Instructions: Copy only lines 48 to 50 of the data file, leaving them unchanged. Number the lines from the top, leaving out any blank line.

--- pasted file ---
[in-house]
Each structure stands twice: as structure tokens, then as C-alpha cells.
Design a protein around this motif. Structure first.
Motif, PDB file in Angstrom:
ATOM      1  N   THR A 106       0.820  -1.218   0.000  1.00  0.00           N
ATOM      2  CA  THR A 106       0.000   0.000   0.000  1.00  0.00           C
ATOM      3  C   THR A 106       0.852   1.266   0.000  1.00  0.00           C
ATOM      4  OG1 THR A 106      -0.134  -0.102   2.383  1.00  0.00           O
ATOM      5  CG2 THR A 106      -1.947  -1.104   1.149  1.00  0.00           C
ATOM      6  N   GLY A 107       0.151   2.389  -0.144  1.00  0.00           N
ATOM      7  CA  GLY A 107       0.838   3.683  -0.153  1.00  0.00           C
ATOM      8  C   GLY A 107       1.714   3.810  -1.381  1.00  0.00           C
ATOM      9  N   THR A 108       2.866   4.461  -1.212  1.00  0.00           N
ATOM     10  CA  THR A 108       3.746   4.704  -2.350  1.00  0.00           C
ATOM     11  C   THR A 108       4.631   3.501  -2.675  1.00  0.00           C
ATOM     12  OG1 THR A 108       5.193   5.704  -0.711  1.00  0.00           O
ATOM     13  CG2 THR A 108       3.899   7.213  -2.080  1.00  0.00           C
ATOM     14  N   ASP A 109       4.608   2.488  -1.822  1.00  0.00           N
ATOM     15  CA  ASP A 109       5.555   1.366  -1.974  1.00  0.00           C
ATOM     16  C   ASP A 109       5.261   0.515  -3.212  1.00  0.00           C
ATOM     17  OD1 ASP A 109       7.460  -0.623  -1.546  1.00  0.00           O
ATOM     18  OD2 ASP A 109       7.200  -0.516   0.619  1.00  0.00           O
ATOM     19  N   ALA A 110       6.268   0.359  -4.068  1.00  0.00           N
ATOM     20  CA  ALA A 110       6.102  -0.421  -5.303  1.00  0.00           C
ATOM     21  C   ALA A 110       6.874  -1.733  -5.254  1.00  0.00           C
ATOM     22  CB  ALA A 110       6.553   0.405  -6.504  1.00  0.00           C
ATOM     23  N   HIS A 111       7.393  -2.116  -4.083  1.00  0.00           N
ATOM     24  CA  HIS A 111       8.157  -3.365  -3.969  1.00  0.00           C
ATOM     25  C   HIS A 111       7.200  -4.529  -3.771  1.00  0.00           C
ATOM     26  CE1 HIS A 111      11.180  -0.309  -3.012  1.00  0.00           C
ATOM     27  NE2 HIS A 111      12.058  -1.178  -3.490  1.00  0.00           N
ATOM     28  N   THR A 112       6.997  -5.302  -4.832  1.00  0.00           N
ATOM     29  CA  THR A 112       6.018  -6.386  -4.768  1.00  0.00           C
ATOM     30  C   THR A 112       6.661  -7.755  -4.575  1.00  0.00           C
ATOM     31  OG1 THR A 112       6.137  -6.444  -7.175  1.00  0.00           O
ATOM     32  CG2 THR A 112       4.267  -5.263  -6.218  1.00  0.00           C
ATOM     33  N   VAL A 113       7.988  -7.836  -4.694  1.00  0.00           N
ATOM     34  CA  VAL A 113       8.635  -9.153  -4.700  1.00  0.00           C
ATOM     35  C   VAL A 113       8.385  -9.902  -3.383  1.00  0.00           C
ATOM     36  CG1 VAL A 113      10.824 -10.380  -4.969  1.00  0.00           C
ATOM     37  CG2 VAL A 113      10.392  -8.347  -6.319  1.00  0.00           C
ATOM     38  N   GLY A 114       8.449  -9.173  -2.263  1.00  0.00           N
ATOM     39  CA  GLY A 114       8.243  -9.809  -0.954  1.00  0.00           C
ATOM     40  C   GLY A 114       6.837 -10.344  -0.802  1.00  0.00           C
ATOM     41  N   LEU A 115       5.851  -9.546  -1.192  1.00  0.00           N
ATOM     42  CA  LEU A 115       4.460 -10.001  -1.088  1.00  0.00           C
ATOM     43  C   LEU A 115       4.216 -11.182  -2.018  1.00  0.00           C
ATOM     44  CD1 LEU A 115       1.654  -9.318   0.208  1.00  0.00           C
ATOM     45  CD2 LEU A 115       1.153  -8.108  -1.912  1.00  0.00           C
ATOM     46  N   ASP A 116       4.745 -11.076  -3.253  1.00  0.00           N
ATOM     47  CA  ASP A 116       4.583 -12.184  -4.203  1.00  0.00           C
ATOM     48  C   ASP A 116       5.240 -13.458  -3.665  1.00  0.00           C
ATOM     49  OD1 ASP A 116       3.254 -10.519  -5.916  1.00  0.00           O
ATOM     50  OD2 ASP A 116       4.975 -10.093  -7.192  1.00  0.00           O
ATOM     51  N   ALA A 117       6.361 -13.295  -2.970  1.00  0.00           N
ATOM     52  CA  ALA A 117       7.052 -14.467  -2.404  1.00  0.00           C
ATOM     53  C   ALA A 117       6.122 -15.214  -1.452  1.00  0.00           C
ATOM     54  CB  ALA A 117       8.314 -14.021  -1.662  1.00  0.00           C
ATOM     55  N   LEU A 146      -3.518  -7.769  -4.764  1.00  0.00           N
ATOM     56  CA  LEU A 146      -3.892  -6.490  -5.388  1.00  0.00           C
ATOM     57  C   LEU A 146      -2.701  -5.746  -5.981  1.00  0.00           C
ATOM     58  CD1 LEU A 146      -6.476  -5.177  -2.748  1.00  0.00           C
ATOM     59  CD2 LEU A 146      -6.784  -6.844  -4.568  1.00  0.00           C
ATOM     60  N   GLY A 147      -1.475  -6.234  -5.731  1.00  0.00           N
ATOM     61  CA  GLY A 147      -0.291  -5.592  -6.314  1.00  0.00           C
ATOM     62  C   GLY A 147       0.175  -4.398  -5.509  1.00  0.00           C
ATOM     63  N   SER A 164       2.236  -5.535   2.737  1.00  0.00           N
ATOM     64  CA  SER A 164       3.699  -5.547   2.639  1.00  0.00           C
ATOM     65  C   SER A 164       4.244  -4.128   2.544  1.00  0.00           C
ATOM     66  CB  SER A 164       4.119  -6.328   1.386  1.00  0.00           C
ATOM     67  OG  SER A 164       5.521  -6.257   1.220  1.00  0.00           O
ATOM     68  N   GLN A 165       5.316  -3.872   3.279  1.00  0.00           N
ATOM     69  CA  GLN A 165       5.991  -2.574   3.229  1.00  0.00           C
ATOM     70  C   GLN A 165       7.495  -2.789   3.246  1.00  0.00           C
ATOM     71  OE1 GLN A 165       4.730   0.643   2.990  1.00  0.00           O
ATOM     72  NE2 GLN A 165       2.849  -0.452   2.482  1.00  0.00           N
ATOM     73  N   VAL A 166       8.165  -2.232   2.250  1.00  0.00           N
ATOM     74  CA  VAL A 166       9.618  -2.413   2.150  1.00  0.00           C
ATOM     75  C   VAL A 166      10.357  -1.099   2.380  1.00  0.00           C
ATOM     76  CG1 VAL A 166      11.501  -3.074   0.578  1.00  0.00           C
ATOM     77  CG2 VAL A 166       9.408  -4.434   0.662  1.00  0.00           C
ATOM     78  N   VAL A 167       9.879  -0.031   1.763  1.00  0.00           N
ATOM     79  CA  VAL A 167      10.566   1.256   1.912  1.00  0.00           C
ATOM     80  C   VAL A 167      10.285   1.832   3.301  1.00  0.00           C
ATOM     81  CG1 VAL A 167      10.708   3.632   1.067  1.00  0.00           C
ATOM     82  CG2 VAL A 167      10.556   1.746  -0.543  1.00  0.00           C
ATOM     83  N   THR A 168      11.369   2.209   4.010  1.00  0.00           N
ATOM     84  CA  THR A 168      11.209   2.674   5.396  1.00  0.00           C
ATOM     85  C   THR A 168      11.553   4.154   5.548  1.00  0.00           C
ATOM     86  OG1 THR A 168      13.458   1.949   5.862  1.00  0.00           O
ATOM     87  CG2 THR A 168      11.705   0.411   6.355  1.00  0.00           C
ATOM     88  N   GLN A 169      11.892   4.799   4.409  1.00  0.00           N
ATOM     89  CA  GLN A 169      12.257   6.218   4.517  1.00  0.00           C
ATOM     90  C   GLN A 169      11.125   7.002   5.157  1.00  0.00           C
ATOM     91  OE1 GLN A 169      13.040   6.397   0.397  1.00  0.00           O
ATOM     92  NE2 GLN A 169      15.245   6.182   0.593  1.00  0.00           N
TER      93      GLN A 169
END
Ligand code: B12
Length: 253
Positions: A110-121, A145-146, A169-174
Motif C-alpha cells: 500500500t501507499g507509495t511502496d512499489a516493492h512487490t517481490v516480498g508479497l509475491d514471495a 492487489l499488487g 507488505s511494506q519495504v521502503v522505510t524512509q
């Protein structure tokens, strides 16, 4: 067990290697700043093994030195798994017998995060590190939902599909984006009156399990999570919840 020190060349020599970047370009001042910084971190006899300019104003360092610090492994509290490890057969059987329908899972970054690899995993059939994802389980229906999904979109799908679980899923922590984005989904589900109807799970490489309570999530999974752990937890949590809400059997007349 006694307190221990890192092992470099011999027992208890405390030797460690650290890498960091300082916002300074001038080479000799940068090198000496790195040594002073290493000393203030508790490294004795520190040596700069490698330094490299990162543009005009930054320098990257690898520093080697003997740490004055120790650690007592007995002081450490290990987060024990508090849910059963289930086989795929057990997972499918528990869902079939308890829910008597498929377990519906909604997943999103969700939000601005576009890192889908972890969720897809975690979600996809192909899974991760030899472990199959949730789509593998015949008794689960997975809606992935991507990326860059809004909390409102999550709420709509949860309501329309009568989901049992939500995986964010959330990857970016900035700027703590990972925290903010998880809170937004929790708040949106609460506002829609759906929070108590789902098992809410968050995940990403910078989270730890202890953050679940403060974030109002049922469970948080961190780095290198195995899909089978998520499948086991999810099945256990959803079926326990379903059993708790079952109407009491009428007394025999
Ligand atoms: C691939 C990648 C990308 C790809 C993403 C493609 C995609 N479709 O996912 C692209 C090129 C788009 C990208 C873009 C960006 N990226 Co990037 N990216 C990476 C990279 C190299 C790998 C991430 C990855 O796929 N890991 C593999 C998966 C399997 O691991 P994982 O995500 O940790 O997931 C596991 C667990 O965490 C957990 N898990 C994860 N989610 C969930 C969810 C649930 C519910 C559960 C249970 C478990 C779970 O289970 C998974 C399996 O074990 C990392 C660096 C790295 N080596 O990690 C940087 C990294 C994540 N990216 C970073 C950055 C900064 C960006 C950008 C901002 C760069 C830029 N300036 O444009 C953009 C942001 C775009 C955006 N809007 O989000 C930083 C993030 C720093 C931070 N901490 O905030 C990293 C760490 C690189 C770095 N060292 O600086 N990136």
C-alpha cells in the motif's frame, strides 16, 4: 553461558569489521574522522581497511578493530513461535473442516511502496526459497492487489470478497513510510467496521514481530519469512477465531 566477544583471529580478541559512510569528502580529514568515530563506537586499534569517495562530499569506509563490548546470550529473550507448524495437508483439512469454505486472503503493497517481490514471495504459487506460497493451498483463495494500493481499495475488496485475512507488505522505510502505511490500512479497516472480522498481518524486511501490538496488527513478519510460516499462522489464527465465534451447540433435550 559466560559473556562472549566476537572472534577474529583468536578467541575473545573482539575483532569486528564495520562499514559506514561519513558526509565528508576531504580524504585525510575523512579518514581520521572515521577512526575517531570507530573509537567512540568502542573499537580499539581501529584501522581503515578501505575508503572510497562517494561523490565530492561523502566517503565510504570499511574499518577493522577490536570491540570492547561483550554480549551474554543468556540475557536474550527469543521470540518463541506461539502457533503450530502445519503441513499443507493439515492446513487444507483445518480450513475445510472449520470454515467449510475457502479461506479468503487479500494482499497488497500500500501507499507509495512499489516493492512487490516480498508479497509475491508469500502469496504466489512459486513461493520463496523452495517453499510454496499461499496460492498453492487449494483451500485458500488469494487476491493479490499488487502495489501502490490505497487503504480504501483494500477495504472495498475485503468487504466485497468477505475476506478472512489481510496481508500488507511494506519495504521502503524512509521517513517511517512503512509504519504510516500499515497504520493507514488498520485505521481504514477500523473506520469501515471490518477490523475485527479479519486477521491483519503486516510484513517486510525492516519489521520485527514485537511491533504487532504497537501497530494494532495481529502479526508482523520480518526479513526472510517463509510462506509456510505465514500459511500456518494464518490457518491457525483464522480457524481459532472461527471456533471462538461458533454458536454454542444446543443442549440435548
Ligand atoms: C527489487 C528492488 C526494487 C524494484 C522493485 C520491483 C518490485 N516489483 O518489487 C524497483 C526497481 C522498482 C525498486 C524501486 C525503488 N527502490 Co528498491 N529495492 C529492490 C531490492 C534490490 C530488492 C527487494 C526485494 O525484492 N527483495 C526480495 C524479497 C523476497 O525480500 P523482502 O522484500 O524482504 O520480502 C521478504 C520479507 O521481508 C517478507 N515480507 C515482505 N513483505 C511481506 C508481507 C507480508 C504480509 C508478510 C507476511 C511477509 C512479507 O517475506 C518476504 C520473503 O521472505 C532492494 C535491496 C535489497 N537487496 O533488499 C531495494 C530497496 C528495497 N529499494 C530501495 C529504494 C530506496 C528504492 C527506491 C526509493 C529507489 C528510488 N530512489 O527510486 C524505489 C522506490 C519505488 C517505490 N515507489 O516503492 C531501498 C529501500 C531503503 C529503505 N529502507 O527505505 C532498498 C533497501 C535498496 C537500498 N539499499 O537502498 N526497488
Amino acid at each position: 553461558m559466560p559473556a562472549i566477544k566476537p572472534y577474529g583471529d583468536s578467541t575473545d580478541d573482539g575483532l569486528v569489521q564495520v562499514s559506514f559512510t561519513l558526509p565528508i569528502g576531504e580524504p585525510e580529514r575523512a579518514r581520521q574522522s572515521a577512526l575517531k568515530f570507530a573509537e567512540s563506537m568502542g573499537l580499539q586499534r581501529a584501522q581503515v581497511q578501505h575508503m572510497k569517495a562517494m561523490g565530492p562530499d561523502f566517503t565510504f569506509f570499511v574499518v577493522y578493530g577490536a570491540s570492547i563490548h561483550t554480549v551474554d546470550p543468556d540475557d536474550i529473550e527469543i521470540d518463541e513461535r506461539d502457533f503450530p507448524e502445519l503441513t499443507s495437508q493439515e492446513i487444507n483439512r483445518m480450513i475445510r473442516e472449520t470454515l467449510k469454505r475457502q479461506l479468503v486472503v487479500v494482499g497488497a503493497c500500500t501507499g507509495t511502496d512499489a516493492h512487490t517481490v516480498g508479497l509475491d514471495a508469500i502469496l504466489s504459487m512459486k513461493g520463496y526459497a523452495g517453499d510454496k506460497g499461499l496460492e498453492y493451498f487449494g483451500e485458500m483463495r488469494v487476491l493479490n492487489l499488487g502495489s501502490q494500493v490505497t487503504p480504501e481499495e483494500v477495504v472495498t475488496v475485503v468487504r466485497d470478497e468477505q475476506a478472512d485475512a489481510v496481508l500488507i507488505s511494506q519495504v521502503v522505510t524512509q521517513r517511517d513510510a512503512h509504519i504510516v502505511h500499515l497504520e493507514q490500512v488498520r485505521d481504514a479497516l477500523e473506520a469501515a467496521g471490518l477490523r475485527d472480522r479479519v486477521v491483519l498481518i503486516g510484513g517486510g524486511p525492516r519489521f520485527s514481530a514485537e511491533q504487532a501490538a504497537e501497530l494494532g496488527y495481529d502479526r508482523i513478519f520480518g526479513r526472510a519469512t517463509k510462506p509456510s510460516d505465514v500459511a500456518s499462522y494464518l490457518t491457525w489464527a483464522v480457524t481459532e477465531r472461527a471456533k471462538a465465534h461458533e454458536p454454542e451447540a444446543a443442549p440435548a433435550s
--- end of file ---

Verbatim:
ATOM     44  CD1 LEU A 115       1.654  -9.318   0.208  1.00  0.00           C
ATOM     45  CD2 LEU A 115       1.153  -8.108  -1.912  1.00  0.00           C
ATOM     46  N   ASP A 116       4.745 -11.076  -3.253  1.00  0.00           N